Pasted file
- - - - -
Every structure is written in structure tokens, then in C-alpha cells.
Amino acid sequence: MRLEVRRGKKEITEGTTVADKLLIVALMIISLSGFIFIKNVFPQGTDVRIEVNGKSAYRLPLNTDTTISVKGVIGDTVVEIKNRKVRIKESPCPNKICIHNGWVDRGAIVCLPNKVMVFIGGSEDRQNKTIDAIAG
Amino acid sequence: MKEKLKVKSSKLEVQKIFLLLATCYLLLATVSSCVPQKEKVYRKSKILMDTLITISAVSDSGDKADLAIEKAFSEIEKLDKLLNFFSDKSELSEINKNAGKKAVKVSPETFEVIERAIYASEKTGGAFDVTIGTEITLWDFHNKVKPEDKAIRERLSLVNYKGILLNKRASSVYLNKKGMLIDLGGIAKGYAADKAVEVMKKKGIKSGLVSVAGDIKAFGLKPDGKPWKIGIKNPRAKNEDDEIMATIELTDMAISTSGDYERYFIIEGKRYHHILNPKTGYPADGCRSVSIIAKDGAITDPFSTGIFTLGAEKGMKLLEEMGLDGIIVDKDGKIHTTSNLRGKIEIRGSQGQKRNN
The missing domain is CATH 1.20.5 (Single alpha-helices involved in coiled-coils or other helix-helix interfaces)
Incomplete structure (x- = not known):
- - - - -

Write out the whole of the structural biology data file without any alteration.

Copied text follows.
Every structure is written in structure tokens, then in C-alpha cells.
Amino acid sequence: MRLEVRRGKKEITEGTTVADKLLIVALMIISLSGFIFIKNVFPQGTDVRIEVNGKSAYRLPLNTDTTISVKGVIGDTVVEIKNRKVRIKESPCPNKICIHNGWVDRGAIVCLPNKVMVFIGGSEDRQNKTIDAIAG
Amino acid sequence: MKEKLKVKSSKLEVQKIFLLLATCYLLLATVSSCVPQKEKVYRKSKILMDTLITISAVSDSGDKADLAIEKAFSEIEKLDKLLNFFSDKSELSEINKNAGKKAVKVSPETFEVIERAIYASEKTGGAFDVTIGTEITLWDFHNKVKPEDKAIRERLSLVNYKGILLNKRASSVYLNKKGMLIDLGGIAKGYAADKAVEVMKKKGIKSGLVSVAGDIKAFGLKPDGKPWKIGIKNPRAKNEDDEIMATIELTDMAISTSGDYERYFIIEGKRYHHILNPKTGYPADGCRSVSIIAKDGAITDPFSTGIFTLGAEKGMKLLEEMGLDGIIVDKDGKIHTTSNLRGKIEIRGSQGQKRNN
The missing domain is CATH 1.20.5 (Single alpha-helices involved in coiled-coils or other helix-helix interfaces)
Incomplete structure (x- = not known):